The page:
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OpenStack Foundation Says Its Open Source Edge Platform StarlingX Is Ready to Fly

The OpenStack Foundation has released StarlingX, a new open source platform ready to take you to the edge • It incorporates existing open source applications like Kubernetes with Wind River and Intel's Titanium Cloud code • Wind River said the code was made open source at the insistence of potential customers • The platform offers a compute, storage, and networking solution for a wide variety of edge applications

The OpenStack Foundation has released StarlingX, a new open source platform ready to take you to the edge. Like many "new" open source platforms, this one's been around for a while as a proprietary product: Wind River Systems' Titanium Cloud. In May, just after Intel announced it was selling Wind River to the investment company TPG, Intel and Wind River announced they were contributing Titanium Cloud’s proprietary code to the OpenStack Foundation.

Unlike many edge products that focus on narrow swaths of uses (like mobile devices or controlling industrial machinery), "edge" here is broadly defined and includes about any compute capacity that needs to be close to where data is being generated, meaning that mobile devices, branch offices, servers controlling factory machines, hospitals, telecoms, and more are all potential users. It's also being touted as an edge solution for autonomous vehicles -- whenever those are finally ready for the road.

"StarlingX is a complete edge cloud software stack," Glenn Seiler, Wind River’s VP of marketing and product management, told Data Center Knowledge. "By complete, I mean it includes the Linux operating system, a hypervisor, a container platform based on Kubernetes, and a storage platform. It includes compute, storage, and networking capabilities based on existing open source components: OpenStack, Ceph, Linux, and so on. Then, we've added StarlingX services for configuration management, fault management, software management, host management, and things of that nature."

Those services seem to be the big value-add StarlingX brings to the table. Mostly, they are automated services (failover, start, or restart, for example) for making sure that once deployed the system can stay up and running, with minimum human intervention -- which is especially important for edge deployments, often in many remote locations, with no easy access for IT support.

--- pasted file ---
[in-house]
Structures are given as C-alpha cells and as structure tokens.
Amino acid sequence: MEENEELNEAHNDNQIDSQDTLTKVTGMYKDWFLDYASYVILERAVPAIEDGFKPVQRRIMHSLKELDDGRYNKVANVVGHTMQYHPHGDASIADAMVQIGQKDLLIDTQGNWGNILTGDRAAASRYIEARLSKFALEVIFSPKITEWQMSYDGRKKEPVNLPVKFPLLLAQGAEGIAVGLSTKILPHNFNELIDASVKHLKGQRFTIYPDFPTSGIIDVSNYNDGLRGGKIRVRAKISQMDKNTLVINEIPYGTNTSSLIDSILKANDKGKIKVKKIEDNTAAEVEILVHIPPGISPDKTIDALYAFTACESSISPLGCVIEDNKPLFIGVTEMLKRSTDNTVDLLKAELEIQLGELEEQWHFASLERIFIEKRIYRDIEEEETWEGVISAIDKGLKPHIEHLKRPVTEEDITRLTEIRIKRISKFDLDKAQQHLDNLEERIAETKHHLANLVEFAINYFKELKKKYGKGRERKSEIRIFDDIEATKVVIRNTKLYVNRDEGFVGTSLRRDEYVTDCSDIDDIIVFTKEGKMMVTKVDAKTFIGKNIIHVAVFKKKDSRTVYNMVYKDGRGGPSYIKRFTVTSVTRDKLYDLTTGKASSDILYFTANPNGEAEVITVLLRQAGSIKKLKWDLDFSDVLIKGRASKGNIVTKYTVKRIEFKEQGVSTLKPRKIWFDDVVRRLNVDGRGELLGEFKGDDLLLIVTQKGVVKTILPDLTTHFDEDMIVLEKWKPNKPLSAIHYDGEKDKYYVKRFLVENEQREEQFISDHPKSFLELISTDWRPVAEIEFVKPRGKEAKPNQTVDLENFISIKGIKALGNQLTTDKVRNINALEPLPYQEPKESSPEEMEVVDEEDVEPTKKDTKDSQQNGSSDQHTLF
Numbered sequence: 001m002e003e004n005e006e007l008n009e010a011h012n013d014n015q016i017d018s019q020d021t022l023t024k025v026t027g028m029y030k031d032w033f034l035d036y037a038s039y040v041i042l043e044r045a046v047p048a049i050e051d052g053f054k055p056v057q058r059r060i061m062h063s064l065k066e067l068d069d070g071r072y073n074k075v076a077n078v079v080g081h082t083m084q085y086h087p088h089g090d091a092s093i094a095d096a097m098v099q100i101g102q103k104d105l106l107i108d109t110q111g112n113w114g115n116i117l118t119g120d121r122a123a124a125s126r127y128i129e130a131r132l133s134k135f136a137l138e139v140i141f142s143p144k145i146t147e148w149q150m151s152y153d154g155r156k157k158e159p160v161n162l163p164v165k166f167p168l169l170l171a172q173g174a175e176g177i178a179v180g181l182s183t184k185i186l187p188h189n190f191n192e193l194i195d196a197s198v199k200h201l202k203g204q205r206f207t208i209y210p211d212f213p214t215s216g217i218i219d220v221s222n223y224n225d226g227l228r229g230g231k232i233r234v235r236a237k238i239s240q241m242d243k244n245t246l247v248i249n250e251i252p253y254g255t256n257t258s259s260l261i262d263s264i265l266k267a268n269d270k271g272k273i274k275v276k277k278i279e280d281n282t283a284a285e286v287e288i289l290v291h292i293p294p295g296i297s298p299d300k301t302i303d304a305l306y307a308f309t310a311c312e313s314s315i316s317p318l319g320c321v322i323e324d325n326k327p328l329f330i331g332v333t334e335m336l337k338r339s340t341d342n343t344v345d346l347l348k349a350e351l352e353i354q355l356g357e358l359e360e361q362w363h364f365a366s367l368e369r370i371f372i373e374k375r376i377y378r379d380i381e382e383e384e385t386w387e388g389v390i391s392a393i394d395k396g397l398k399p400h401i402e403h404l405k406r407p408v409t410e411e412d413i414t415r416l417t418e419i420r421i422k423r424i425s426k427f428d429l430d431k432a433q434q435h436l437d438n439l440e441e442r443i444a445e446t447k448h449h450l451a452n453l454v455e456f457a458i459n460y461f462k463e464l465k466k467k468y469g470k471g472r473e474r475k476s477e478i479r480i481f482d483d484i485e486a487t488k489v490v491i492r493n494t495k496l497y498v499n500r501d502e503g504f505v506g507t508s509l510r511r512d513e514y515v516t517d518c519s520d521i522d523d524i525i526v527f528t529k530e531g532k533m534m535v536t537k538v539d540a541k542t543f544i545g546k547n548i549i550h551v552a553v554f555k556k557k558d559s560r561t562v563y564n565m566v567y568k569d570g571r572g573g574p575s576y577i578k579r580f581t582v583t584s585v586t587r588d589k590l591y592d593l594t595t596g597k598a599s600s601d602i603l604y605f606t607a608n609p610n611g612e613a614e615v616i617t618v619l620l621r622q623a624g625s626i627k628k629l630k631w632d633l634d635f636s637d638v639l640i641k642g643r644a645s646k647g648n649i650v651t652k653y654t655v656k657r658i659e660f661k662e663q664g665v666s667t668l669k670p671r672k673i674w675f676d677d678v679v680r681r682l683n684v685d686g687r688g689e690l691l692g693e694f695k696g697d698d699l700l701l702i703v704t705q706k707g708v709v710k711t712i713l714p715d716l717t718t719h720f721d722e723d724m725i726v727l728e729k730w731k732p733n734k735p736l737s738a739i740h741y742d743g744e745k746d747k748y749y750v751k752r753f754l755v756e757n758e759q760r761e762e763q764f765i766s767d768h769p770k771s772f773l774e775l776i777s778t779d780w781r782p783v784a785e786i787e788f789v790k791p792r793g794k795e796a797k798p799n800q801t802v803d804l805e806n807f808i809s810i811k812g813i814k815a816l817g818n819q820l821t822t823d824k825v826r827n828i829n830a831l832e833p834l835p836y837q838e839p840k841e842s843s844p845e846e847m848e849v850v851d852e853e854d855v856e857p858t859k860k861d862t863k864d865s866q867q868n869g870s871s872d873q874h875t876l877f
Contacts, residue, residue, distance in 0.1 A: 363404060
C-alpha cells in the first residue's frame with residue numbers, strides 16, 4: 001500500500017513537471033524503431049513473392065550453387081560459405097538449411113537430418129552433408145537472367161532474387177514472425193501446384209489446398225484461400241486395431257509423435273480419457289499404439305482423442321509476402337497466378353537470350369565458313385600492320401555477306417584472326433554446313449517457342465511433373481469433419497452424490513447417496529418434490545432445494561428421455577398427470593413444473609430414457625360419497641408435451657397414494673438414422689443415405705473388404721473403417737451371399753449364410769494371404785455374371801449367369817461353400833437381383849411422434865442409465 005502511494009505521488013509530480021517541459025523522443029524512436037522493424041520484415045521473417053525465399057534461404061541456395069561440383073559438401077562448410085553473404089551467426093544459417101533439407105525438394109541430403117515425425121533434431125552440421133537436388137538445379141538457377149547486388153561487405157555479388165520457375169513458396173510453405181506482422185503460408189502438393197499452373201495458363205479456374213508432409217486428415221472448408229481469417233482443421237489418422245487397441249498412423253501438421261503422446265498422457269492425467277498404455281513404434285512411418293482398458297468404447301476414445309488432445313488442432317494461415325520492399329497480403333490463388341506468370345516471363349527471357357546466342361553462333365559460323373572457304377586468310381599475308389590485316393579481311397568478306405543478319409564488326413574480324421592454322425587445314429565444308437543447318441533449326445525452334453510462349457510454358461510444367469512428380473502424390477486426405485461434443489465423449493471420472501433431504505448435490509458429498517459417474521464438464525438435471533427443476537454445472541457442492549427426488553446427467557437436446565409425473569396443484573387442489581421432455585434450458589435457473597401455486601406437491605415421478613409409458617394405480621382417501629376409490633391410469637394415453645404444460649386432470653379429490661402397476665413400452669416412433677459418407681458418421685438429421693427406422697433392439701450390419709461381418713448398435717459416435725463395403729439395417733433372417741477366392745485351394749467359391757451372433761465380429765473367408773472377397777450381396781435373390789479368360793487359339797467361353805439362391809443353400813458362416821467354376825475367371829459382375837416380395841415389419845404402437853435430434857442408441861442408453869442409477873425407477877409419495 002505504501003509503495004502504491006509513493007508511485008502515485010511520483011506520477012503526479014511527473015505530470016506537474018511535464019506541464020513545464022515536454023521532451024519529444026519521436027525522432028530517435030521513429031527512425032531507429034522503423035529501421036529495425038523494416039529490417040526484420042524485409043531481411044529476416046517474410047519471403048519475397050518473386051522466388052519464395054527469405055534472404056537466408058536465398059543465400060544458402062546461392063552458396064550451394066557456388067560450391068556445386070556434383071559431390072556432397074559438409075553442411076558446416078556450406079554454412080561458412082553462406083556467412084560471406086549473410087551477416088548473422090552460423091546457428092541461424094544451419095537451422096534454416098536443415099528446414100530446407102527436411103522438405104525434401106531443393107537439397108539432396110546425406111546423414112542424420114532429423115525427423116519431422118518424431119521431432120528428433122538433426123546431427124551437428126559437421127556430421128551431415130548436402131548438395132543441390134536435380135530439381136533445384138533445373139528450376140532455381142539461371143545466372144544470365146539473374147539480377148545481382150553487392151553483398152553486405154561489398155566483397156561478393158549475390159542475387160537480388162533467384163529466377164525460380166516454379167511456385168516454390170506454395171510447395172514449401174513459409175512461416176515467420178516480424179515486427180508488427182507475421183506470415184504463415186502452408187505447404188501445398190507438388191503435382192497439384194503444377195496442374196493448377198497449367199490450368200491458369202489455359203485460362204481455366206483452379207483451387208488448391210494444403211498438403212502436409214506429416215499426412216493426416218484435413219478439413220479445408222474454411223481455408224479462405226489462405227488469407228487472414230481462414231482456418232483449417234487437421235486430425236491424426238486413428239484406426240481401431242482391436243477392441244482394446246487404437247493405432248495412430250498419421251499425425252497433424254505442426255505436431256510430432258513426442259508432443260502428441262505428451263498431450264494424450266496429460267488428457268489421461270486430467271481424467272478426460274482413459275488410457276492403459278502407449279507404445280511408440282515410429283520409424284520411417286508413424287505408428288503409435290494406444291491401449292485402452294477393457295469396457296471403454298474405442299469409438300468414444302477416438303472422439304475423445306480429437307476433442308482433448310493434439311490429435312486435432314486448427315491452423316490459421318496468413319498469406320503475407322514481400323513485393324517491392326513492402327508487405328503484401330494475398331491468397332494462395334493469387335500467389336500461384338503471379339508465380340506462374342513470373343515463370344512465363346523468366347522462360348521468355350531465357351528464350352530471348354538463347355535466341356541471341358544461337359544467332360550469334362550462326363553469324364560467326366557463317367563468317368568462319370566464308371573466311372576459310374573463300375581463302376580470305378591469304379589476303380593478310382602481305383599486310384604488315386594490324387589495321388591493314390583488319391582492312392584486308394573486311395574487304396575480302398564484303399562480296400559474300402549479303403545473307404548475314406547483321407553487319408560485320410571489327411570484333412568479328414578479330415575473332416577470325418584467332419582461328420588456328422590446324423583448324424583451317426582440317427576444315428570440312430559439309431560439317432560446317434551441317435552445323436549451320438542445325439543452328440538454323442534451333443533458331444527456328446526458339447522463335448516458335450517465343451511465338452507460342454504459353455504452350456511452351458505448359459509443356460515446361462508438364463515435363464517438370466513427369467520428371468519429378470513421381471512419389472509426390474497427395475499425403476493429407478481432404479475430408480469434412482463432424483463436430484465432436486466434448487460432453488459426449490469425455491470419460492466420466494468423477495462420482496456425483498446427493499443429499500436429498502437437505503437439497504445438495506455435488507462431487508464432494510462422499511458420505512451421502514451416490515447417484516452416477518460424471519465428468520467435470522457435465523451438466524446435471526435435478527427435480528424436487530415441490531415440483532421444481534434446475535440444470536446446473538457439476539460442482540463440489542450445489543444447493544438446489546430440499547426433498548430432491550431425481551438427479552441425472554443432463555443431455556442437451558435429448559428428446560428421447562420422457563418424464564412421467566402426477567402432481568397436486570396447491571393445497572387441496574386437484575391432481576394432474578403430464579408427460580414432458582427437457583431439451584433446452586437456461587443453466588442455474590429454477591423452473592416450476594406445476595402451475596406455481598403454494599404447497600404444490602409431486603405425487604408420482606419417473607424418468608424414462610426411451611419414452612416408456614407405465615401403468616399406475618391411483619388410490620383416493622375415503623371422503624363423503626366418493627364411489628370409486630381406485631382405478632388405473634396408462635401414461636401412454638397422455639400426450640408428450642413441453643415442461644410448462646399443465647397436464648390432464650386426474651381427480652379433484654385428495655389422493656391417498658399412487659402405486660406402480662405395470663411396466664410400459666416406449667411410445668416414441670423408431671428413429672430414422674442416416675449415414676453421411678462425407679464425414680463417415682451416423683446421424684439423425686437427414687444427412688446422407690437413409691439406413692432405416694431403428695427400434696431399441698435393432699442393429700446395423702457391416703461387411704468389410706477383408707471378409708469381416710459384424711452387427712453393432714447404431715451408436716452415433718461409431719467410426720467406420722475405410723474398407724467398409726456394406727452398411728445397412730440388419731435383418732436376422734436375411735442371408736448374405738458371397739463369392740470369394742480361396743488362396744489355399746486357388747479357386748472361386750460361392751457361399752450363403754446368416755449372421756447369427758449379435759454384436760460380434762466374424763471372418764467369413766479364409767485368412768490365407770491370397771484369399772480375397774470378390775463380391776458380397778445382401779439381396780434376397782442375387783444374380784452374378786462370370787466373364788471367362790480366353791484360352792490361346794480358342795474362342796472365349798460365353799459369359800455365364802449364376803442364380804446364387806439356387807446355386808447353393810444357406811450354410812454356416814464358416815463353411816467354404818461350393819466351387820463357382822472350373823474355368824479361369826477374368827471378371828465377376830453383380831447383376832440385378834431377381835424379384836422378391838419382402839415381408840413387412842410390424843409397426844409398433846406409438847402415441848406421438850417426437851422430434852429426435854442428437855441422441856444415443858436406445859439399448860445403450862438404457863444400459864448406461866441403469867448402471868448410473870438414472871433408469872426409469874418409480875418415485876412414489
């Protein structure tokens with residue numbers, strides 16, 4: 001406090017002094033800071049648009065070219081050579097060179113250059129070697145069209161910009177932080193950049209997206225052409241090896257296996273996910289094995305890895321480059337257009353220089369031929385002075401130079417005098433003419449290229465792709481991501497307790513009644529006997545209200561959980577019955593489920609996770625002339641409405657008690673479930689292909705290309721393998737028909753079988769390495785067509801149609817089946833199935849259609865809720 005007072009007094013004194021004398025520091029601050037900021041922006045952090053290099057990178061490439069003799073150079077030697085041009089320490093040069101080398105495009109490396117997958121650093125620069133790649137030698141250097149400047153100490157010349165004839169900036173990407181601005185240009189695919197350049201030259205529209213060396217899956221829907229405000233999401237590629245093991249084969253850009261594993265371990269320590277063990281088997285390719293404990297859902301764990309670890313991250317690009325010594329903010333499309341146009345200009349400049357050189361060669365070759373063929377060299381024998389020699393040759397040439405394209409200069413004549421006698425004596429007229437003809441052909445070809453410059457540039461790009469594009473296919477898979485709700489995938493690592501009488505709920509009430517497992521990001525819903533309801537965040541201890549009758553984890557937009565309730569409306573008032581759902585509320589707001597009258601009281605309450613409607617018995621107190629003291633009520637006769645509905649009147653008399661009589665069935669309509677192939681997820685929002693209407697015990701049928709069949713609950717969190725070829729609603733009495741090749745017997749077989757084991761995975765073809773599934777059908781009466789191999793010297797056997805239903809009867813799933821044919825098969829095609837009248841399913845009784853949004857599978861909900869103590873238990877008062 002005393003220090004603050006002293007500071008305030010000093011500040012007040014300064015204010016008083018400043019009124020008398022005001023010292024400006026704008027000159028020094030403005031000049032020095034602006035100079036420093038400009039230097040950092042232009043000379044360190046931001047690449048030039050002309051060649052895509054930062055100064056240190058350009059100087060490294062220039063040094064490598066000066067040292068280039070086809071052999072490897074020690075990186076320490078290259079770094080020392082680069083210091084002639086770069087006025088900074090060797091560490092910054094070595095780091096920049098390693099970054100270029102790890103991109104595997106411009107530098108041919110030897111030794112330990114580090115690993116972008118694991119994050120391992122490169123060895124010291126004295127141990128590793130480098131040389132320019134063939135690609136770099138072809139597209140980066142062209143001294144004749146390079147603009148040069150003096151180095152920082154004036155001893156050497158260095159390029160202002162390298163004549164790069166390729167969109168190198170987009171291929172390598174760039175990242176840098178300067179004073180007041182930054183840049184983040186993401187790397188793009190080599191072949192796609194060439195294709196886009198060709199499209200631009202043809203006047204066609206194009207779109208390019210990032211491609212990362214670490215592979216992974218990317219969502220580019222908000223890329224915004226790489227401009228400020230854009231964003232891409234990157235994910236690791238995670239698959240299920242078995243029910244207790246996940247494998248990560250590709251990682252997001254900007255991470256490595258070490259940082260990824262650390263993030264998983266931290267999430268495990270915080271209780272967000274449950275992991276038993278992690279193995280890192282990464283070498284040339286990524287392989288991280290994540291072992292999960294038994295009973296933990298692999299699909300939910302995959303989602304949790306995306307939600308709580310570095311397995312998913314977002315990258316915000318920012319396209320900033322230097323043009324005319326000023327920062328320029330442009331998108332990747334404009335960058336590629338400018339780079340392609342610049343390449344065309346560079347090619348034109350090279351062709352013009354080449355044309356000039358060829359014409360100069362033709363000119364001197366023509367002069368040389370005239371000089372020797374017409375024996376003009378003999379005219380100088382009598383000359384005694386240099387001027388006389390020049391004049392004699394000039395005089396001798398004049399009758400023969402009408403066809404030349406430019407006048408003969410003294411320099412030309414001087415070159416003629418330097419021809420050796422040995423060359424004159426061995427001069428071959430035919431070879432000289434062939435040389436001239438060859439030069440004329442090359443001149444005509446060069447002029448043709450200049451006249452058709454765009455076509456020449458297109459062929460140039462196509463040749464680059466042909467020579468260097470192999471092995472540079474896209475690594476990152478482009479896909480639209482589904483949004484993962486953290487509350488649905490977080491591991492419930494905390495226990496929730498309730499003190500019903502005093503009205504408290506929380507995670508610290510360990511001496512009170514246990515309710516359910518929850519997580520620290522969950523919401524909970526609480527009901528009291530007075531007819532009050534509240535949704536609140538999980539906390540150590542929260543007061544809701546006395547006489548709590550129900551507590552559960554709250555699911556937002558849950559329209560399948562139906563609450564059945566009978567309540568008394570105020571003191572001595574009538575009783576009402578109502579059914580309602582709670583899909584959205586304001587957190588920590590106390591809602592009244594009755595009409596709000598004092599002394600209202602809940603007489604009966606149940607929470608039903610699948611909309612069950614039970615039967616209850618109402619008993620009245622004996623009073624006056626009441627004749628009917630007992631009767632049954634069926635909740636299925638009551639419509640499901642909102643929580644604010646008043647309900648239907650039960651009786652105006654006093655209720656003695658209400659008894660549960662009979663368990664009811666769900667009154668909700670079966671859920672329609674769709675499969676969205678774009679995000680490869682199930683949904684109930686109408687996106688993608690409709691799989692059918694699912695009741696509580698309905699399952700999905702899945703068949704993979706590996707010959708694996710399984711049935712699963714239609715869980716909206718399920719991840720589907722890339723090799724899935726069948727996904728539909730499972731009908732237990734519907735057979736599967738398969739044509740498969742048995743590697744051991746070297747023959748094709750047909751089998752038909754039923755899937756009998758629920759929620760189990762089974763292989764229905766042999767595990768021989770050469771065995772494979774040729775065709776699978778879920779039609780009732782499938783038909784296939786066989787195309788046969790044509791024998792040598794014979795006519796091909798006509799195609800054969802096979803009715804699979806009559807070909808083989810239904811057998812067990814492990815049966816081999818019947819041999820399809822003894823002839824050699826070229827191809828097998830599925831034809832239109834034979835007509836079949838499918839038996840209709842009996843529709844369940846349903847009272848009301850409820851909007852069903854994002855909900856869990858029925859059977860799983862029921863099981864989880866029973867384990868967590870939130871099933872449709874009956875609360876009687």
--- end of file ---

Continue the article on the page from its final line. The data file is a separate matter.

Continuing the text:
"In a central data center, those can be managed by operators and administrators," Seiler said. "As you push all these services out to the edge, it's not practical to have administrators, operators, and maintenance people in all locations, so things have to be automated and have a very high resiliency. This created gaps in some of the current solutions that are available as industries start to build out these solutions."

StarlingX should also be able to scale nicely, as its Titanium Cloud base was originally built to handle the heavy workloads of telcos. Indeed, it was the heavy lifting it had been doing for the telecommunications folks that first brought notice of the platform to other industries looking for a full-package edge solution.

"We started to see a lot of really strong interest, because the basic requirements of pushing intelligence to the edge -- managing bandwidth and reducing latency -- are really horizontal problems and challenges," Seiler said. "We started to realize that this Titanium Cloud technology was really not just a telco platform but could be applied to other enterprises as well."

According to him, everyone from healthcare and retail companies to government agencies have shown interest. With that many people knocking on the door, you might think that Wind River would just make a few adjustments to accommodate different use cases and continue on its merry proprietary way.

"As we were engaging with a lot of these customers, one clear requirement became very evident," Seiler said. "That requirement was that they wanted open source. They wanted to reduce vendor lock-in. They wanted to insure that if they made a technology or product decision, that decision would have longevity in the industry. The best way to ensure longevity and reduce vendor lock-in is to be open source."

Although the software is ready for production now -- albeit with something of a learning curve -- both ease-of-use and the feature set are almost guaranteed to expand quickly following this first release. One reason is that the project is being released under the Apache license, which will allow vendors to release "enterprise editions" with intuitive dashboards and automated installation paths that are proprietary but with open standards.

Work is already underway to add features to the base "community" edition that was released last week.

"One of the new technologies that we're working on within StarlingX is to develop the concept of a distributed edge cloud, where you can have multiple regional locations or mini-data centers that can then work with hundreds, or potentially even thousands, of remote servers or devices out in a factory or other locations," Seiler explained.

Since the platform was adopted by the OpenStack Foundation, Intel and Wind River have remained involved with the project, and the StarlingX code remains the basis for Titanium Cloud. The foundation has also seen input on the project from developers representing 99Cloud, China UnionPay, SUSE, Fujitsu, NEC, and others.

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